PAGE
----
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We need to work with revolutionary forces, not just the Brotherhood: Wasat Party

Moderate Islamic party cites Egypt's increasing political polisarisation as main factor behind decision to pull out of Muslim Brotherhood alliance; Ahram Online spoke to Al-Wasat's spokesperson about the move

Ahmed Eleiba , Thursday 28 Aug 2014
Egypt
Al-Wasat Party spokesman Amr Farouk (Photo: Courtesy of Al-Wasat Party's official website)
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The Al-Wasat Party, a long-time Muslim Brotherhood ally, pulled out of the Islamist group's National Alliance to Support Legitimacy (NASL) on Thursday, arguing that a wider, more inclusive grouping is necessary to face Egyptian authorities.
 
The party's spokesman, Amr Farouk, told Ahram Online that a main reason for the withdrawal is Egypt's increasing political polarisation, which forced the party to look for a way to reach out to others – especially the country's youth, who he says feel alienated from the NASL.
 
"One of the main solutions is to gather the forces of the 25 January revolution under one umbrella," he said, while stressing that his party was active with these forces before the 2011 uprising.
 
The party acknowledges the need to "correct" the path of the 30 June 2013 uprising, he says – but rejects Morsi's ouster, which it sees as a coup.
 
He insists Al-Wasat doesn't blindly follow the Brotherhood – he's quick to point out that the party didn't vote for Morsi, a Brotherhood leader, in the first round of the 2012 presidential election.
 
He also denies that Thursday's withdrawal is an attempt to pressure the Brotherhood into taking a different political route. Rather, the move shows how Al-Wasat is different than the Brotherhood, he says.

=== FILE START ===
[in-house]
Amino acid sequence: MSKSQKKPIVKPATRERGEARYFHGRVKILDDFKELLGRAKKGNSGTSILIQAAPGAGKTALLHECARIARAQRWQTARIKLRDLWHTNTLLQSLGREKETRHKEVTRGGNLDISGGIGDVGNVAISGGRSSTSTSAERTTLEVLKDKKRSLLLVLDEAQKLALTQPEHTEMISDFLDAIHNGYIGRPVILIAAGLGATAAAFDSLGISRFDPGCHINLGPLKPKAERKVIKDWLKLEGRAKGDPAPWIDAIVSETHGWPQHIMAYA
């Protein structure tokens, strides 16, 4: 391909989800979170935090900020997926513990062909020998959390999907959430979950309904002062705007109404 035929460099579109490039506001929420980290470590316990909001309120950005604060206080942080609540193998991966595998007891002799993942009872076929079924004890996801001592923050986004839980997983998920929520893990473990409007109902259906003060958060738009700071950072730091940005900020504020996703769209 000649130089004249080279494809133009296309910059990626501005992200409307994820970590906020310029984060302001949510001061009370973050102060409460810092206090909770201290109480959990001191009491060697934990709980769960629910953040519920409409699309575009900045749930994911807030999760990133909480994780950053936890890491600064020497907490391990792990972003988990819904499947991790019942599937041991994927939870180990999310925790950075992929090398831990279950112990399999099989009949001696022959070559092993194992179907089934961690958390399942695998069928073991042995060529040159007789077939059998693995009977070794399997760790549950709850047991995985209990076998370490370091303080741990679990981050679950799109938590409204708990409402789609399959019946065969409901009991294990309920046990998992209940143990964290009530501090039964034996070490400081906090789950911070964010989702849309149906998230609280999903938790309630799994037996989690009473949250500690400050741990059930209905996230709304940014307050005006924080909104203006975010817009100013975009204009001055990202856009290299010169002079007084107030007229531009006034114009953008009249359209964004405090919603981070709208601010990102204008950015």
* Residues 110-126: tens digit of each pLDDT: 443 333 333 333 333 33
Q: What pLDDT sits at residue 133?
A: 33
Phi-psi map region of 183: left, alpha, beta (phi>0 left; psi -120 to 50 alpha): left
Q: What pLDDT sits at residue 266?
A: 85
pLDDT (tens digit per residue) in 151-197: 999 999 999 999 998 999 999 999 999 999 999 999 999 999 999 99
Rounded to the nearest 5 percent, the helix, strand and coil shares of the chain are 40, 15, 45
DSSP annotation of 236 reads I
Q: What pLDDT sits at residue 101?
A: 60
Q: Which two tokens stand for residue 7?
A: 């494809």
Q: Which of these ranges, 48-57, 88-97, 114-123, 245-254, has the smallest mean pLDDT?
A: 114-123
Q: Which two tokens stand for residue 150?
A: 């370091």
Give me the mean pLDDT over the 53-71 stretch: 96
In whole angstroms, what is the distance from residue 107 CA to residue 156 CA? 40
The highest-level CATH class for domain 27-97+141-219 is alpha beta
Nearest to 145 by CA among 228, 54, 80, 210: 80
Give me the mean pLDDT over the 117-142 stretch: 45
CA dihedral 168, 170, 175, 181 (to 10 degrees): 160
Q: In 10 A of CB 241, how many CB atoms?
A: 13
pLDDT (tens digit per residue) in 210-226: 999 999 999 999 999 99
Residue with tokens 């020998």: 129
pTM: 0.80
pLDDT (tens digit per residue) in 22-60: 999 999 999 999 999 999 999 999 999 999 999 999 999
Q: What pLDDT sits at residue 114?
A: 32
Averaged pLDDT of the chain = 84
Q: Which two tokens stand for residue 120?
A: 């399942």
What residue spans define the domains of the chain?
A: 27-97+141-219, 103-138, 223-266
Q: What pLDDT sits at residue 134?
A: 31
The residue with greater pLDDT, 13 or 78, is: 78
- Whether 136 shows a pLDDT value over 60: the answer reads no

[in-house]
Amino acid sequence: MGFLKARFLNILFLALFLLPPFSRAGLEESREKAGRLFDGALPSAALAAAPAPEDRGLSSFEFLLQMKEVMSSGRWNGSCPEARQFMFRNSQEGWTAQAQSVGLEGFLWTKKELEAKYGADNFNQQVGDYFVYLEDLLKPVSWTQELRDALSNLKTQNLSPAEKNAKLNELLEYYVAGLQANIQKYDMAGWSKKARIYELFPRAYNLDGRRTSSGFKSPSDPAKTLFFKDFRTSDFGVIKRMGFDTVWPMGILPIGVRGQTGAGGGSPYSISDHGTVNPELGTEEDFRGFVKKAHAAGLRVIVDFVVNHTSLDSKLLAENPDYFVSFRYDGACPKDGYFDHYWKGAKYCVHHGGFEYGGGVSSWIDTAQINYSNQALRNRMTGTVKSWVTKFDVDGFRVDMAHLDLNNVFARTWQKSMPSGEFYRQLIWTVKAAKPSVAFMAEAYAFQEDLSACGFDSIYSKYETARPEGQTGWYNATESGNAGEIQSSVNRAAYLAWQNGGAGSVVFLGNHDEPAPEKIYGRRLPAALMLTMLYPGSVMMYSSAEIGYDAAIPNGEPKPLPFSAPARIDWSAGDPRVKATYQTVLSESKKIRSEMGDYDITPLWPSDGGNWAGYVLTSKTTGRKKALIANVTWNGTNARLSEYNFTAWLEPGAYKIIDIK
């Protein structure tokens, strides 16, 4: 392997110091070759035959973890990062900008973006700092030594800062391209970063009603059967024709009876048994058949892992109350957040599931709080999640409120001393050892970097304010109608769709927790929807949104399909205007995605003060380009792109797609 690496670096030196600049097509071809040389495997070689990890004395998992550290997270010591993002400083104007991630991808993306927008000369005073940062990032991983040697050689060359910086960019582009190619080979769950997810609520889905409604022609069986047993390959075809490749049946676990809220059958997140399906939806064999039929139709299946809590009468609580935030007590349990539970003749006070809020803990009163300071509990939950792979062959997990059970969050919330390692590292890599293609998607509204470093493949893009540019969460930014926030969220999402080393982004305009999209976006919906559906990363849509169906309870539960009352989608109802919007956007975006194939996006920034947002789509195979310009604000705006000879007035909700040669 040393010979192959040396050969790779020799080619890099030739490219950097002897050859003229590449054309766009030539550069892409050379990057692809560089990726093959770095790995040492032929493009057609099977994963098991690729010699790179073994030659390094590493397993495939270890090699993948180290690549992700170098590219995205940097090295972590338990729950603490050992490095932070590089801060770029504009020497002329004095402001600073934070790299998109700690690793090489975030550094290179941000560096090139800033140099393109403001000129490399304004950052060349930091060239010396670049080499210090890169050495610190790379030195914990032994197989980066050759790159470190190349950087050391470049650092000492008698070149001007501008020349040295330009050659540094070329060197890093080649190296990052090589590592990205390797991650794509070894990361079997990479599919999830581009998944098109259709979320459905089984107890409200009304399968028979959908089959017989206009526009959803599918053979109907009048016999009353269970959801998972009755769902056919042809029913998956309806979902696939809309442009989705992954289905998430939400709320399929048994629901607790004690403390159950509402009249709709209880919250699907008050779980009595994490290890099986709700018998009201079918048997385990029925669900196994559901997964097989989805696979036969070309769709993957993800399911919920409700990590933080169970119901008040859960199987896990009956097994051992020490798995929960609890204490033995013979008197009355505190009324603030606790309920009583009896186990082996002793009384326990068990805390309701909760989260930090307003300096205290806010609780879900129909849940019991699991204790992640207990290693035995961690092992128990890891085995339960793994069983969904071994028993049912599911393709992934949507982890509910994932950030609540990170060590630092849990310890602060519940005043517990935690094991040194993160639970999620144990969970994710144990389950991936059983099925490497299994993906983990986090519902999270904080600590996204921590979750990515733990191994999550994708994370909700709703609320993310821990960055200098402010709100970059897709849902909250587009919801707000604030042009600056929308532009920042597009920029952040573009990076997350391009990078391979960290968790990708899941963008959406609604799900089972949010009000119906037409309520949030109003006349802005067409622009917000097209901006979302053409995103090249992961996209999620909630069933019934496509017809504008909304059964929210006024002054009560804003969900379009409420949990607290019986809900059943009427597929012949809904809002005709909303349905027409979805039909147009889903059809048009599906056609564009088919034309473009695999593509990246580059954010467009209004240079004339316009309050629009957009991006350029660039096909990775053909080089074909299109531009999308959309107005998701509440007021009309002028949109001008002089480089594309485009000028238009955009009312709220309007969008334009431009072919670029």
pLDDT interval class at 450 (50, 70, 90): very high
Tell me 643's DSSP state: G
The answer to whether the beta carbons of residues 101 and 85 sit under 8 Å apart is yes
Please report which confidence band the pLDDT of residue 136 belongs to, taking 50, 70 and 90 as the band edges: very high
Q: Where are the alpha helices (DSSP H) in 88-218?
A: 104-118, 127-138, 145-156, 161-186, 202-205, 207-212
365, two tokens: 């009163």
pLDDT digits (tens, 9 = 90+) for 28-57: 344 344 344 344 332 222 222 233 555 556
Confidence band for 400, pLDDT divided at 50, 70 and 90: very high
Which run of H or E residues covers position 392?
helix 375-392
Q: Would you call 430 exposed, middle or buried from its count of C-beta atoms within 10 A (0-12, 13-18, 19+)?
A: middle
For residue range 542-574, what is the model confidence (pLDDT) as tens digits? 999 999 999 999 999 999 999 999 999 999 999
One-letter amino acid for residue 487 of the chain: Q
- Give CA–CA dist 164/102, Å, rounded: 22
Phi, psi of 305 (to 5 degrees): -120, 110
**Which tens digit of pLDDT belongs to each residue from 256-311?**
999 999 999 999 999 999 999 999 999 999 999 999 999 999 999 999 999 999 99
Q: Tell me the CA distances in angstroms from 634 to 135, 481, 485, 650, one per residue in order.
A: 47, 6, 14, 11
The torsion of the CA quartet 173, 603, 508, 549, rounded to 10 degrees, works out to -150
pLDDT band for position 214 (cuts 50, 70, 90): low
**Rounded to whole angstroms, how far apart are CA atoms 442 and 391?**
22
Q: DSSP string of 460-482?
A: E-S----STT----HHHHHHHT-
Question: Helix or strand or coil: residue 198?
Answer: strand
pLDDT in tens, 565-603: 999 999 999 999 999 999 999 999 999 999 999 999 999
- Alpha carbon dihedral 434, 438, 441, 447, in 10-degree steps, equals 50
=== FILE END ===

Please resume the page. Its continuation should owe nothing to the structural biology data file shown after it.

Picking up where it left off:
Indeed, disputes between Al-Wasat and the Brotherhood were apparent as early as 2012, when Al-Wasat's deputy head Mohamed Mahsoub resigned from Morsi's first cabinet over disagreements with its leadership.
 
However, the party was a vehement opponent of the 30 June protests which led to Morsi's ouster – and it stuck it out with the NASL for over a year after it was formed.
 
Farouk argues that by leaving the NASL, the party also steps out of the currently ongoing standoff between authorities and the Brotherhood.
 
Another resistance front will not be formed any time soon, he says. Instead, the party will focus on holding conferences and lectures and working towards a vision to resolve the current political crisis.
 
He insists that the party's president, Abul-Ela Mady, currently in police custody pending trial for Brotherhood-linked violence charges, supports the decision – despite him not having knowledge of the details of the withdrawal statement.
 
Farouk said that the decision was also not influenced in any way by Mahsoub, the deputy head, currently in Qatar to avoid a jail sentence for insulting Egypt's judiciary, or the party's second-in-command, Essam Sultan, currently jailed and out of touch with the leadership.
 
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